The Student Health Psychiatry has moved from the Counseling and Wellness Center to the new Student Health Care Center. Placing mental health resources and physical health resources in the same building seems to be a silent win.
Opinion | Columns
In his State of the University Address, UF President Ben Sasse said something that should concern every student who receives Bright Futures or other financial aid: “We lose money on every student.” In my view, this is not a tragic boon like Sasse is implying. A public service, which I view a public university as a type of, should not be run with profit in mind.
Despite the attacks on unions from Florida's legislature, Graduate Assistants United has achieved a historic win for our members. As a certified labor union, we have the legal authority to bargain with our employer over our Collective Bargaining Agreement.
Understanding all of Florida’s legislation is overwhelming; bills pass during a short period and it seems there is too much to keep up with. However, it is crucial to know how legislation is currently impacting Floridians. A few notable policy areas for the 2023 legislative session include abortion, gender-affirming care and immigration.
The legislation written about in this article, all hot-button issues, serve to 1) protect and defend the most innocent and vulnerable; 2) afford eligible American citizens unfettered access to a constitutional privilege; and 3) stave off the smuggling of drugs, humans and the resulting violence occurring at the U.S. southern crossings. In truth, we should all like to see legislation advance across the states, in one form or another.
UF College Republicans hosted Christian preacher Derek Paul as the speaker for their first meeting of the semester Sept. 6. Paul identifies himself as an “ex-gay” who overcame his same-sex attraction through the Christian faith. As a queer woman who was once religious, a lot of emotions and thoughts came up at the prospect of writing about his speech. I was angry, confused and asked myself a lot of questions.
We call ourselves an AI university. The artificial intelligence page of the UF website claims we are on the brink of a fourth digital revolution. The page — singularly focused on our AI policy and research — highlights specific uses of the technology. The highlights given should be an example of how the president can reshape his communications. The information is there, he just needs to communicate it.
Effective July 1, the Florida Legislature passed SB 256 — a bill specifically intended to limit the power of educators labor unions in the state. Among other things, the bill requires educators unions like GAU to obtain and maintain 60% membership.
This past week the City of Gainesville, along with many other cities and counties across the coastal south, dealt with the effects of Hurricane Idalia. Gainesville and Alachua County were fortunate to miss the worst of the storm, but the sound of chainsaws could be heard across the city as fallen trees and limbs were cleared from roads, lawns and, yes, homes.
In my view, Gov. Ron DeSantis is the right man for the job. Through his leadership, he stood up to medical tyranny, put woke corporations in check and defended the rights of parents and students in the schools. DeSantis has the youth, energy and executive experience to move our country forward.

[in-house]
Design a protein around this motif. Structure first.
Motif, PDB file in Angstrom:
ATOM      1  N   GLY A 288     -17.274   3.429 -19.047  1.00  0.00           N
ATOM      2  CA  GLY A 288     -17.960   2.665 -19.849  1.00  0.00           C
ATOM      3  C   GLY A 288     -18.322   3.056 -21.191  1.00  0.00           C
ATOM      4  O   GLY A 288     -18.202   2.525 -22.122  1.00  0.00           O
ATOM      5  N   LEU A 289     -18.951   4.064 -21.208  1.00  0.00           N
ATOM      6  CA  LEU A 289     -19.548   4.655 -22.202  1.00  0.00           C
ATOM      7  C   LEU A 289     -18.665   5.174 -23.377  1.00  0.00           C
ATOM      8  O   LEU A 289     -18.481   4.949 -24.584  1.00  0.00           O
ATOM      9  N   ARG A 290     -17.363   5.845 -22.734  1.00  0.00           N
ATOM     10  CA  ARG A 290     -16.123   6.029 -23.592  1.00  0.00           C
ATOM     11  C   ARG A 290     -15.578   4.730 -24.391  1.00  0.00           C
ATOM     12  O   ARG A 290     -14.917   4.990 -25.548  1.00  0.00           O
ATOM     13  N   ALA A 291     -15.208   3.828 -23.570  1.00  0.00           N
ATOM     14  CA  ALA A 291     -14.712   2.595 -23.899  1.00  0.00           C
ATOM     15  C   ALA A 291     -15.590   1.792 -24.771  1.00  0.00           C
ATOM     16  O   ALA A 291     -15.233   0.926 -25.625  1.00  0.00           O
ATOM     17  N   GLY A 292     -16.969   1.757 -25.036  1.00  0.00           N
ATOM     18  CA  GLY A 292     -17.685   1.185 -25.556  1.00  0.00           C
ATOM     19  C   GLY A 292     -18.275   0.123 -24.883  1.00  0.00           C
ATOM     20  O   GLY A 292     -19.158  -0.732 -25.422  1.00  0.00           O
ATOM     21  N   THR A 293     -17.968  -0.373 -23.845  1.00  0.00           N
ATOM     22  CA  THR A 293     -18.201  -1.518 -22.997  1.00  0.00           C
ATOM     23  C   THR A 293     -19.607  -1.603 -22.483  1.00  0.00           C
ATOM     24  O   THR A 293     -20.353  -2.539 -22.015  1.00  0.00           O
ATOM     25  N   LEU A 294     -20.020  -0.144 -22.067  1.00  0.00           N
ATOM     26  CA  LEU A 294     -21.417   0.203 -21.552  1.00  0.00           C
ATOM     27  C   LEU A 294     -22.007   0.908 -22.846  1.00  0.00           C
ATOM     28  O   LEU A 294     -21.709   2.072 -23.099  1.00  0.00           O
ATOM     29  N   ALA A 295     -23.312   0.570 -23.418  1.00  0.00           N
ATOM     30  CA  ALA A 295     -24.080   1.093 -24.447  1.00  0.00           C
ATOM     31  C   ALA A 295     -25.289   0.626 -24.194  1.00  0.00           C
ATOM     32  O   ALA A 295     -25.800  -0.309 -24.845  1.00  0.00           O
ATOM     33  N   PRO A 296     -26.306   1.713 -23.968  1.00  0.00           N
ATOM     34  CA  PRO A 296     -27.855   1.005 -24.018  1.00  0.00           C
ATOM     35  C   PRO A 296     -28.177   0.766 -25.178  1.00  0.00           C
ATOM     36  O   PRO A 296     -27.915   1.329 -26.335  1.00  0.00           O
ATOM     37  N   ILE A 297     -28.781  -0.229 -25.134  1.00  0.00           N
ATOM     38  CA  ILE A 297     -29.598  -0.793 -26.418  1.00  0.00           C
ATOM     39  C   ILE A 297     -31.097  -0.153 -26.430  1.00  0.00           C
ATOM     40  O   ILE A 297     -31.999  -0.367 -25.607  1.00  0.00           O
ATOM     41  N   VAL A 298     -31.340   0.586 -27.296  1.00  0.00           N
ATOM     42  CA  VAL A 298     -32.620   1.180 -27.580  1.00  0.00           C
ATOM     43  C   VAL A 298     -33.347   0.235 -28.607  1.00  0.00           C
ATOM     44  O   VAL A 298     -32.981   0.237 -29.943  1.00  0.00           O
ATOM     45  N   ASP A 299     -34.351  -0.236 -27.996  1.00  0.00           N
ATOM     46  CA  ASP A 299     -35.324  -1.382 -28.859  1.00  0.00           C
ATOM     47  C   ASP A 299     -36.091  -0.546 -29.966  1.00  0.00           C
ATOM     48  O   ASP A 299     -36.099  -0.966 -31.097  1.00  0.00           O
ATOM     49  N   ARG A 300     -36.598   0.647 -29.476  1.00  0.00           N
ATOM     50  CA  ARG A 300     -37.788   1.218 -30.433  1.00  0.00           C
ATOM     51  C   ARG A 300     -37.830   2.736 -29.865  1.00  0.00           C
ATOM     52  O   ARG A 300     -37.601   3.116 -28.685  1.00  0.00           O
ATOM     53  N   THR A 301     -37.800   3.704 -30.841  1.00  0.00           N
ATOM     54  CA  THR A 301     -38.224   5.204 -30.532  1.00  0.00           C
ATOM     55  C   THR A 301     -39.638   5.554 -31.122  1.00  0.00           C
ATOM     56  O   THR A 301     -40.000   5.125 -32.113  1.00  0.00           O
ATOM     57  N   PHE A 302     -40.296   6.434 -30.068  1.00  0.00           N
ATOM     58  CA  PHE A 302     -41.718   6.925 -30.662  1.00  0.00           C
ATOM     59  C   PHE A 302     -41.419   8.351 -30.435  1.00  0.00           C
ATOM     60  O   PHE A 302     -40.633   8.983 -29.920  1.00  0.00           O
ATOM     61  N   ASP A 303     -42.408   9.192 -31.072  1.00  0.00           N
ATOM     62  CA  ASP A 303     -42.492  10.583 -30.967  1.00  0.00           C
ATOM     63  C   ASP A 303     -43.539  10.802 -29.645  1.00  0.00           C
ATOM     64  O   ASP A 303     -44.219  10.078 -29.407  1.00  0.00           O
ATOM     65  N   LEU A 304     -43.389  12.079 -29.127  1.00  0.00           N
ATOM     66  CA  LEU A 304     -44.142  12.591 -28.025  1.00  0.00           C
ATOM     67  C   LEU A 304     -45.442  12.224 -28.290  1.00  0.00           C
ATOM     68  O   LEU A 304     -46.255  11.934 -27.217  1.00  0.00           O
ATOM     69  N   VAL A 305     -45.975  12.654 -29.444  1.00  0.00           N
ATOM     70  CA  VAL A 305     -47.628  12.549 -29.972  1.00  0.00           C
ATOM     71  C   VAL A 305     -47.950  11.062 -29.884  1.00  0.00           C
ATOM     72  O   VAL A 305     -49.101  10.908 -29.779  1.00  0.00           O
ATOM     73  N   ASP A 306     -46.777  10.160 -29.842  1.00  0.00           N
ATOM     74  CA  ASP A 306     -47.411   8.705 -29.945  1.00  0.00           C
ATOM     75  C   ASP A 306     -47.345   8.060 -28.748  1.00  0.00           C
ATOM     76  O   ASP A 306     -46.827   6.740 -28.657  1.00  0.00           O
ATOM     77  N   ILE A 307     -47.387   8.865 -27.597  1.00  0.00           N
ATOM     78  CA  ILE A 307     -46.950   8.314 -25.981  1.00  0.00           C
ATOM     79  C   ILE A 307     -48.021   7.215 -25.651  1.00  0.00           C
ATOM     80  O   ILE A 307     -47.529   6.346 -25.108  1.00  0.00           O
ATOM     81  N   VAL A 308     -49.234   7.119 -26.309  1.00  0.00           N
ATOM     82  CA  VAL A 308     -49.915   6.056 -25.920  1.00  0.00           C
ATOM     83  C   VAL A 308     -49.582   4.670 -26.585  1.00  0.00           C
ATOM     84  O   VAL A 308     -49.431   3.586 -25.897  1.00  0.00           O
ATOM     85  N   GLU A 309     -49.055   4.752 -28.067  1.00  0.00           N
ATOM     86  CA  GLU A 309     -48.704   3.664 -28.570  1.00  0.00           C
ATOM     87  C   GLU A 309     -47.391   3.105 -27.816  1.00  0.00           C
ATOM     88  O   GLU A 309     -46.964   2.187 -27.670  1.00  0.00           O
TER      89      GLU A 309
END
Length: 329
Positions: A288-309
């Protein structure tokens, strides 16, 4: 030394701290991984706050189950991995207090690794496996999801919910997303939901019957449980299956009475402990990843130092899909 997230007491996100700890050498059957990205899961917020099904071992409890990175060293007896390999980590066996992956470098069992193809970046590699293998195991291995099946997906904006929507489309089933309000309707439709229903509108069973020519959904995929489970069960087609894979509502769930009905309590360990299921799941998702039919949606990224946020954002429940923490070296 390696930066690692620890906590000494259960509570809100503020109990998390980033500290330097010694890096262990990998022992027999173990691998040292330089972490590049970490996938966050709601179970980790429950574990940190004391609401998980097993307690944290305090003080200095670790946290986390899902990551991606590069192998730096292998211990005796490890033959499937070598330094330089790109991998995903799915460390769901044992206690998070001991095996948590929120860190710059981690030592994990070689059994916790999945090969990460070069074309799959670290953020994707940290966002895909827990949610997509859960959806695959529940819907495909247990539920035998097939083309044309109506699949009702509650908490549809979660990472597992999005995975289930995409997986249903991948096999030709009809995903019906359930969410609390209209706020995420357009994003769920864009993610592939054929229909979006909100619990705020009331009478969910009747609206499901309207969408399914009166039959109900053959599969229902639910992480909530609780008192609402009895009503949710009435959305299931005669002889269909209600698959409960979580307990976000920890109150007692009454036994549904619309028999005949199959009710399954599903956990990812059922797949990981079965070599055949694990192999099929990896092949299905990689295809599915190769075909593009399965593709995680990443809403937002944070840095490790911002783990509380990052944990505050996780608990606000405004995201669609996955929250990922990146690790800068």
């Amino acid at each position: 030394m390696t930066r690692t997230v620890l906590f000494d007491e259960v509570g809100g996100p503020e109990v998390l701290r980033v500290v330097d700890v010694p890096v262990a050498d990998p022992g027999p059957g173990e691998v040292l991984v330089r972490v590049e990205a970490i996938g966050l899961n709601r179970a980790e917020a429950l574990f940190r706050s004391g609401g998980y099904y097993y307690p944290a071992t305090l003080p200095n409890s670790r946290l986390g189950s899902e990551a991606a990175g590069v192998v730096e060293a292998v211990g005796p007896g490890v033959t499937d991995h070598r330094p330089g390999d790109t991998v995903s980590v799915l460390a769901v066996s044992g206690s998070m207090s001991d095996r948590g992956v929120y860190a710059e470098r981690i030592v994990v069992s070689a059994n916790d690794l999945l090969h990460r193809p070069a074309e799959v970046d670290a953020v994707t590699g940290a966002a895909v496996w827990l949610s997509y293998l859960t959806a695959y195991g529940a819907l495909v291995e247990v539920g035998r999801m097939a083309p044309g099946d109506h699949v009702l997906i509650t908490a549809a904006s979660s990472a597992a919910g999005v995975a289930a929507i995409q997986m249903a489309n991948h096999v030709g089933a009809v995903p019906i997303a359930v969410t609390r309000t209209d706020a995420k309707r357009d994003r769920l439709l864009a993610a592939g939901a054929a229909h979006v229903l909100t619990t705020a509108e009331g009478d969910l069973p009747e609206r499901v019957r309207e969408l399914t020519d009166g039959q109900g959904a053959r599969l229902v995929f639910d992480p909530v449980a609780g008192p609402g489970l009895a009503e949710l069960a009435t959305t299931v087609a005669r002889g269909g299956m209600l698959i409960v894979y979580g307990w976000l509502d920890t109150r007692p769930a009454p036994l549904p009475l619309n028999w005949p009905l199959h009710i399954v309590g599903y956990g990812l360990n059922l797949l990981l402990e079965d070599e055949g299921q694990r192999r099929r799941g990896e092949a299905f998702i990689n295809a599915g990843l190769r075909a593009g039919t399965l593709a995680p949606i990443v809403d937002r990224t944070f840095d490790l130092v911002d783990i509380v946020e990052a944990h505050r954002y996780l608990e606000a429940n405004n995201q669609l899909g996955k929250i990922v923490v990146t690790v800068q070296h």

How I wish I had better news. It’s Pride Month after all — one of many occasions throughout the year when we celebrate diversity in a world that doesn’t always embrace such a thing. I’m happier with myself than ever, living my truth has been a blessing, allowing me to thrive. Unfortunately, being happy with oneself, is a different thing from being happy with one’s situation, even further removed, being happy with the state of things.
At first glance, most people I’ve met don’t realize I’m an Asian American, which led to my desire to embrace my Filipino identity. It pushed me to learn more about that side of my heritage. It was something I was proud to represent in my accomplishments, such as graduating high school and attending UF.
Despite the enormous efforts the community has made to establish its presence, The Alligator has lacked consistent coverage of AAPI people in the Gainesville community. Admittedly, this is the result of an inconsistent amount of AAPI reporters on our staff from semester to semester.
April 24, 2022, I got an email asking me to interview for The Alligator. A year later, I’m publishing my goodbye column in this semester’s final paper. My driver’s license might read the same name, but the kid who got that email isn’t the same as the one typing this column.
Those walls, though some now covered in mold, know The Alligator’s newsroom isn’t for the weak. It’s a pressure cooker of immensely talented, high-strung 20-somethings trying to launch a career in a field where you’re told to do cartwheels for pennies.
Two years ago, I thought I would stick with The Alligator right up until graduation, but sometimes finish lines come sooner than expected. I never wanted to be a name on the masthead, but sometimes cards just fall a certain way.
I could say I put in all this work to serve the UF and Gainesville communities, which would be noble. I could say I did it all for the clips and for a career after graduation, which would be cynical, but understandable in this dying industry. But neither is exactly true. I did it because the people around me were doing it.
As a senior who always felt late to the game, I spent the last year hustling to catch up. It seemed like everyone started writing for The Alligator in their first year, interned at a newspaper in their second and had a job lined up by their last. But despite the setbacks, I’ve grown more this semester at The Alligator than any other.